How to Customize Bash Colors and Content in Linux Terminal Prompt

Today, Bash is the default shell in most (if not all) modern Linux distributions. However, you may have noticed that the text color in the terminal and the prompt content can be different from...

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Today, Bash is the default shell in most (if not all) modern Linux distributions. However, you may have noticed that the text color in the terminal and the prompt content can be different from one distro to another.

Suggested Read: 5 Most Frequently Used Open Source Shells for Linux

In case you have been wondering how to customize this for better accessibility or mere whim, keep reading – in this article we will explain how to do just that.

The PS1 Bash Environment Variable

The command prompt and terminal appearance are governed by an environment variable called PS1. According to the Bash man page, PS1 represents the primary prompt string which is displayed when the shell is ready to read a command.

The allowed content in PS1 consists of several backslash-escaped special characters whose meaning is listed in the PROMPTING section of the man page.


To illustrate, let’s display the current content of PS1 in our system (this may be somewhat different in your case):

$ echo $PS1
[\[email protected]\h \W]\$

We will now explain how to customize PS1 as per our needs.

Customizing the PS1 Format

According to the PROMPTING section in the man page, this is the meaning of each special character:

  1. \u: the username of the current user.
  2. \h: the hostname up to the first dot (.) in the Fully-Qualified Domain Name.
  3. \W: the basename of the current working directory, with $HOME abbreviated with a tilde (~).
  4. \$: If the current user is root, display #, $ otherwise.

For example, we may want to consider adding \! If we want to display the history number of the current command, or \H if we want to display the FQDN instead of the short server name.

In the following example we will import both into our current environment by executing this command:

PS1="[\[email protected]\H \W \!]\$"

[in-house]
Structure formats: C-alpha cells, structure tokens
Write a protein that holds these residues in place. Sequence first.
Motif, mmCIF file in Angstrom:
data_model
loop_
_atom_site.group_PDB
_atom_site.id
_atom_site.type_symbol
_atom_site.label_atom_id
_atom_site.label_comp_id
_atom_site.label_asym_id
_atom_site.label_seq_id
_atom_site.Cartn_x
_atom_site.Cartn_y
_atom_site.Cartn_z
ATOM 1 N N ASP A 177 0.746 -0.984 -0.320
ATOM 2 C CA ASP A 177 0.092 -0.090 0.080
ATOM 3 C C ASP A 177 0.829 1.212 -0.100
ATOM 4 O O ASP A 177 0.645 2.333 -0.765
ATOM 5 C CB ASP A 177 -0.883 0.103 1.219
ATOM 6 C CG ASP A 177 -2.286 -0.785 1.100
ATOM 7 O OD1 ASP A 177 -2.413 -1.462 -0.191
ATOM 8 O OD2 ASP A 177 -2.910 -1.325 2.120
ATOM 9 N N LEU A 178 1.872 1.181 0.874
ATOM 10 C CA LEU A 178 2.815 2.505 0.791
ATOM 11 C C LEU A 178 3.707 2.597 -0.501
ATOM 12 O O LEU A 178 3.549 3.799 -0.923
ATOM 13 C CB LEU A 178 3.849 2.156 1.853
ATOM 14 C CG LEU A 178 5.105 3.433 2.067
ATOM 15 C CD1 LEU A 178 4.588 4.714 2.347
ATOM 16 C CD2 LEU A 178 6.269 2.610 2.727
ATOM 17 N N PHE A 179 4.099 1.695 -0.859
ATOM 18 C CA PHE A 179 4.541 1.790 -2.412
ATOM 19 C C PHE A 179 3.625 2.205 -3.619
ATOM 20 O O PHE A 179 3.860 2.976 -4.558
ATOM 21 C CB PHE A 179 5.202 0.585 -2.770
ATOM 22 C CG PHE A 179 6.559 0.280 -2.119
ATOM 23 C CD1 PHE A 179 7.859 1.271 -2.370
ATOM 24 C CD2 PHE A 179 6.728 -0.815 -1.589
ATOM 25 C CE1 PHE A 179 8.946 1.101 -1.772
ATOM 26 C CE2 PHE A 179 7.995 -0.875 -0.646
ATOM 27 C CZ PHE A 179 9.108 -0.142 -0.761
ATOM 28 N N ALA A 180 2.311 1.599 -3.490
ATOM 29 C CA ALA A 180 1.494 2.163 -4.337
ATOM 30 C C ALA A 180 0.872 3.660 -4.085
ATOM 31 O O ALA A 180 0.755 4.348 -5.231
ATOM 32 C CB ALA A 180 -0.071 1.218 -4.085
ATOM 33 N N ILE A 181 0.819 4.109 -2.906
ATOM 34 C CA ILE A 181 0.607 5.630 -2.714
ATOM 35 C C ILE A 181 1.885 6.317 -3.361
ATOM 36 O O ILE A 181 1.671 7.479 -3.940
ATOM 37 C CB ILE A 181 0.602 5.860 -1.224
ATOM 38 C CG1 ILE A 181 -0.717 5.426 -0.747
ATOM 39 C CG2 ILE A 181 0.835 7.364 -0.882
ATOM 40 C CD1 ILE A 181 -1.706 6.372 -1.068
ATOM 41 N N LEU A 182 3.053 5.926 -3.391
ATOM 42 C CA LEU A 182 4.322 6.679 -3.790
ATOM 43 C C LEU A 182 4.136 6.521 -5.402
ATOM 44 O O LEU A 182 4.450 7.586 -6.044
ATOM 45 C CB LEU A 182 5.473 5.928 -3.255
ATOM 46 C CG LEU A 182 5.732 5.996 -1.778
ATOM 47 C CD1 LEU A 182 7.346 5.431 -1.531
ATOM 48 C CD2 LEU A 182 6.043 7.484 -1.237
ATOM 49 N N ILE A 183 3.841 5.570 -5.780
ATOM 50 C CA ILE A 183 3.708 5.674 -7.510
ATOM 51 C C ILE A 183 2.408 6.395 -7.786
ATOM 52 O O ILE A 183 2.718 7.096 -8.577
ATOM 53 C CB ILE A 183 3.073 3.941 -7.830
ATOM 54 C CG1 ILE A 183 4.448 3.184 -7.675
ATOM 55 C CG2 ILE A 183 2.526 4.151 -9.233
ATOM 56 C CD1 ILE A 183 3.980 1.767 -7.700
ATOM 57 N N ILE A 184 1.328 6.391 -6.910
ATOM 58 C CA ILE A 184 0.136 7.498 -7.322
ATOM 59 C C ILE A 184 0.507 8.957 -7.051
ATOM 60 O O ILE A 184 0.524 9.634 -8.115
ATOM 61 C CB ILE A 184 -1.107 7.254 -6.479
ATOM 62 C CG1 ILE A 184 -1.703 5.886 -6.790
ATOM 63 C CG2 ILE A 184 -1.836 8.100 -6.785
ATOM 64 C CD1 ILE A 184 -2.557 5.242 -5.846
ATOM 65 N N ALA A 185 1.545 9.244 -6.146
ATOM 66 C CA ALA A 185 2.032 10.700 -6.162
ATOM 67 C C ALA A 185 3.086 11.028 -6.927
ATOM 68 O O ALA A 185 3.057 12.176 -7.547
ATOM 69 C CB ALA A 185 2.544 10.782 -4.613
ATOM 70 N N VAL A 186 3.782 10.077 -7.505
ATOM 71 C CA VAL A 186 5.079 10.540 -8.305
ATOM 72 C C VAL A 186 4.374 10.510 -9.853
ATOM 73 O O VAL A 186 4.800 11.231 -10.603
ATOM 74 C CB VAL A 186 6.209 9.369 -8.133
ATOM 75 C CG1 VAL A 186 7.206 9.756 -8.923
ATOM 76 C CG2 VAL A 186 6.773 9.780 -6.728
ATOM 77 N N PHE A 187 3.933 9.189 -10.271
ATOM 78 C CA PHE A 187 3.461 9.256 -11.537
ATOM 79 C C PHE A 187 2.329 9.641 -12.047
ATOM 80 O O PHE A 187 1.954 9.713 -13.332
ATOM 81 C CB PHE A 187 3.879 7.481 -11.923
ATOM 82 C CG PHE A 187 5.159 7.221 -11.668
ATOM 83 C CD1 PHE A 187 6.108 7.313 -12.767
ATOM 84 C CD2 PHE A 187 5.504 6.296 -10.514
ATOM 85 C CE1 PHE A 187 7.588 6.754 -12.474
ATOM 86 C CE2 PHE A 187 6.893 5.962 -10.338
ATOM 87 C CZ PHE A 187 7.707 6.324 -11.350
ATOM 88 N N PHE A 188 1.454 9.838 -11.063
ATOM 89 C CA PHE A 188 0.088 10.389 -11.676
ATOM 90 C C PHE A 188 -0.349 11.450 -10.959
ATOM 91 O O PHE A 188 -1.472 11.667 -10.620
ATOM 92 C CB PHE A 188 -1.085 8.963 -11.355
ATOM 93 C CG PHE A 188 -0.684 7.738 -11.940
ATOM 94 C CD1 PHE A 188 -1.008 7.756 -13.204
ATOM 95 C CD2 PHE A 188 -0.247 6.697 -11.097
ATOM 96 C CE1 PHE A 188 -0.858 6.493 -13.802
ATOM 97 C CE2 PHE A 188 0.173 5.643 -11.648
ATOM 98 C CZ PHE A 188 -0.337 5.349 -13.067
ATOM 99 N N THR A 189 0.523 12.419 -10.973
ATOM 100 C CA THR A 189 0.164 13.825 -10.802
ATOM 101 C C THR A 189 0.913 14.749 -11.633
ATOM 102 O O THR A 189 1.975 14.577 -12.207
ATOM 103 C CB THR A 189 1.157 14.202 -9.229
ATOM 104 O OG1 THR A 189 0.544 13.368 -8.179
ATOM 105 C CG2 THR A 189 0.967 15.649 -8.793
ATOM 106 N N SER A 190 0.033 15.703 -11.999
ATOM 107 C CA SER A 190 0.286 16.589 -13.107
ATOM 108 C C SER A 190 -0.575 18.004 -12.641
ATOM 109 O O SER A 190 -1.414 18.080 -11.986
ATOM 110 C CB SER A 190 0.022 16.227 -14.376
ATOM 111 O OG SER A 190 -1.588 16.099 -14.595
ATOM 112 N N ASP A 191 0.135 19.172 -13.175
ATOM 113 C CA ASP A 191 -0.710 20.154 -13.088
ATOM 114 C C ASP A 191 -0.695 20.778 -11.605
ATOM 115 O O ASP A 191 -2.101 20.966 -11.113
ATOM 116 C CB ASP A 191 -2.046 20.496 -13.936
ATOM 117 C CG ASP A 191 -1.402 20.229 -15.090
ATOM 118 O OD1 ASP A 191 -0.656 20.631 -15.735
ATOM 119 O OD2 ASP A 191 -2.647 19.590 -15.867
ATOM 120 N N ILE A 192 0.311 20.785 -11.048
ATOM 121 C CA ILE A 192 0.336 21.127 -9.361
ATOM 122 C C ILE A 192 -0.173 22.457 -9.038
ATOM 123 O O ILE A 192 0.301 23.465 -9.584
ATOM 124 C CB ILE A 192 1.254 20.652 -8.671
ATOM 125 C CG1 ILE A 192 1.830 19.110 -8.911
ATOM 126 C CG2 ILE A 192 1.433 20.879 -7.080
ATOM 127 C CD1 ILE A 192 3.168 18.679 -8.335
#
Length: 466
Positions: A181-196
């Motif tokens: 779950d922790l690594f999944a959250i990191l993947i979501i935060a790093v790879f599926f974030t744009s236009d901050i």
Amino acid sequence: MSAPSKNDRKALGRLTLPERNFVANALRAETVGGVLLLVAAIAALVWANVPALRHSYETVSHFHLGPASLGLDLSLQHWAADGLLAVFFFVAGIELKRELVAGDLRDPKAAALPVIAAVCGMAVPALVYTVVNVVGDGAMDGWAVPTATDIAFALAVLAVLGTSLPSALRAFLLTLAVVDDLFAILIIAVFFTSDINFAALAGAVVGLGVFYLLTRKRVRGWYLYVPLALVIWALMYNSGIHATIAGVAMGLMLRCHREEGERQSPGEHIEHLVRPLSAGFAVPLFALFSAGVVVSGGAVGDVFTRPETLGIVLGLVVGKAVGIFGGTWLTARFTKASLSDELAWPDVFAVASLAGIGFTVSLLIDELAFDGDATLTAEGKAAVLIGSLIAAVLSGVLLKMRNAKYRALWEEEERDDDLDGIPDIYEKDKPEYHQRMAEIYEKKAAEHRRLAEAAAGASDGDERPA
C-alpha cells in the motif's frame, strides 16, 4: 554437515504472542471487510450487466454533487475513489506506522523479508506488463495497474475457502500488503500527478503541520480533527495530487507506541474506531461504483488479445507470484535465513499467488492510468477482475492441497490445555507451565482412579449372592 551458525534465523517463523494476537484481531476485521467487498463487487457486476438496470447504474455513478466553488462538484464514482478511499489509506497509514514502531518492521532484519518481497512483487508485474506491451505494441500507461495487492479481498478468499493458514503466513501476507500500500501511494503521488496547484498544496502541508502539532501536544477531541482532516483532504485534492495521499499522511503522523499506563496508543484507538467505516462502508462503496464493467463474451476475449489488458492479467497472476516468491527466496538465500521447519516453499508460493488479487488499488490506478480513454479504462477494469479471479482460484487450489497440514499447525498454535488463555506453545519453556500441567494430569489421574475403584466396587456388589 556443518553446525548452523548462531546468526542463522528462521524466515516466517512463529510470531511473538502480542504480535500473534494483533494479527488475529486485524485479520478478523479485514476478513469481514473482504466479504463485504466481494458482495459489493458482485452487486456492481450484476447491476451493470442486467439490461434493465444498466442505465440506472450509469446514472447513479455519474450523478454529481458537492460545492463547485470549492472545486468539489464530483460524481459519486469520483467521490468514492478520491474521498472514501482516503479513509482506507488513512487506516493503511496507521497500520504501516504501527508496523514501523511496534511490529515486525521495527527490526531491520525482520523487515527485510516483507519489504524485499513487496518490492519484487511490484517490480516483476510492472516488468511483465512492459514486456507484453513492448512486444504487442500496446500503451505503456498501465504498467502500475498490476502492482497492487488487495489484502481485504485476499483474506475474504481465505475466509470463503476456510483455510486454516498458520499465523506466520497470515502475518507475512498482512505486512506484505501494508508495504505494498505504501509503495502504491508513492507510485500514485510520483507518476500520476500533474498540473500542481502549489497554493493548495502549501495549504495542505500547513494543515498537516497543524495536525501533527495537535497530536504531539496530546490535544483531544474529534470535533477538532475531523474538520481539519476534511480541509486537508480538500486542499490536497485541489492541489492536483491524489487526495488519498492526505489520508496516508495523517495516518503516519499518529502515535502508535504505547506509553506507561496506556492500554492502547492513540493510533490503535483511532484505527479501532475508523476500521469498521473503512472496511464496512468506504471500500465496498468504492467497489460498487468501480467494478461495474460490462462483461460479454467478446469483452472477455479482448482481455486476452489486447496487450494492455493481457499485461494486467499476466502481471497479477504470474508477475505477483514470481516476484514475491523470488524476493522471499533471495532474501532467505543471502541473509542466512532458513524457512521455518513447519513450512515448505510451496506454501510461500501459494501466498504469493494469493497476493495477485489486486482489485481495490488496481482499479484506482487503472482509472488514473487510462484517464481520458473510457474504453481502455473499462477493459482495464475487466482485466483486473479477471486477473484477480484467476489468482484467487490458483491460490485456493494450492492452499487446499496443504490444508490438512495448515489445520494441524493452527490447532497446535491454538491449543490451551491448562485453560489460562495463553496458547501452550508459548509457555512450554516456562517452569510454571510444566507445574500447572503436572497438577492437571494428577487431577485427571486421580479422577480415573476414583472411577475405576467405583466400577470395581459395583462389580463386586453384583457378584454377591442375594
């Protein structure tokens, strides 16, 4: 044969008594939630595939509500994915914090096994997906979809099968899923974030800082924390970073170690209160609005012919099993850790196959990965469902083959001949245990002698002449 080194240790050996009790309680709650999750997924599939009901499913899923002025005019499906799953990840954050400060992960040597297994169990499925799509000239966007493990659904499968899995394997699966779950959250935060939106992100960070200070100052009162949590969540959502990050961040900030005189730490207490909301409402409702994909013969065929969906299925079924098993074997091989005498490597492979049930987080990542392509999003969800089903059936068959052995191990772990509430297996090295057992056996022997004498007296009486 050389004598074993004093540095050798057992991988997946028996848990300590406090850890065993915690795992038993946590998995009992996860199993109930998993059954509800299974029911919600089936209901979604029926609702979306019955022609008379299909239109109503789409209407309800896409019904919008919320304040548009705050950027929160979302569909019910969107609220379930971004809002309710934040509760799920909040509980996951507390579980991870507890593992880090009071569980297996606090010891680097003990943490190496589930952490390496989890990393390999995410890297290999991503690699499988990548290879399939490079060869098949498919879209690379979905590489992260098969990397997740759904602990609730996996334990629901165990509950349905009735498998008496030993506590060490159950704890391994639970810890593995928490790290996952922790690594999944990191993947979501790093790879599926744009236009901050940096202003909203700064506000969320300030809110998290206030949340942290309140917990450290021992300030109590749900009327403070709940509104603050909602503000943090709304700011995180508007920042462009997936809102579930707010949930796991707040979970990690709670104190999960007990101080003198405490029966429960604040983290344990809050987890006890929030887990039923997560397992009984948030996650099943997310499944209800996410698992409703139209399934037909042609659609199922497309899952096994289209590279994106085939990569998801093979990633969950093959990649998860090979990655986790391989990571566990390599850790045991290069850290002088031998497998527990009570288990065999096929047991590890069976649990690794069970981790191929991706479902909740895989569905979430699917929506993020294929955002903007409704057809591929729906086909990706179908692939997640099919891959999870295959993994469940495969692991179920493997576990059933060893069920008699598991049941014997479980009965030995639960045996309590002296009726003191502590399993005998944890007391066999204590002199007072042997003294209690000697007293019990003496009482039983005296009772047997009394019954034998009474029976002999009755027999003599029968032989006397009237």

When you press Enter you will see that the prompt content changes as shown below. Compare the prompt before and after executing the above command:

Customize Linux Terminal Prompt PS1

Customize Linux Terminal Prompt PS1

Now let’s go one step further and change the color of the user and hostname in command prompt – both the text and its surrounding background.

Actually, we can customize 3 aspects of the prompt:

Text FormatForeground (text) colorBackground color
0: normal text30: Black40: Black
1: bold31: Red41: Red
4: Underlined text32: Green42: Green
33: Yellow43: Yellow
34: Blue44: Blue
35: Purple45: Purple
36: Cyan46: Cyan
37: White47: White

We will use the \e special character at the beginning and an m at the end to indicate that what follows is a color sequence.

In this sequence the three values (background, format, and foreground) are separated by commas (if no value is given the default is assumed).

Suggested Read: Learn Bash Shell Scripting in Linux

Also, since the value ranges are different, it does not matter which one (background, format, or foreground) you specify first.

For example, the following PS1 will cause the prompt to appear in yellow underlined text with red background:

PS1="\e[41;4;33m[\[email protected]\h \W]$ "
Change Linux Terminal Color Prompt PS1

Change Linux Terminal Color Prompt PS1

As good as it looks, this customization will only last for the current user session. If you close your terminal or exit the session, the changes will be lost.

In order to make these changes permanent, you will have to add the following line to ~/.bashrc or ~/.bash_profile depending on your distribution:

PS1="\e[41;4;33m[\[email protected]\h \W]$ "

Feel free to play around with the colors to find what works best for you.

Summary

In this article we have explained how to customize the color and content of your Bash prompt. If you have questions or suggestions about this post, feel free to use the comment form below to reach us. We look forward to hearing from you!

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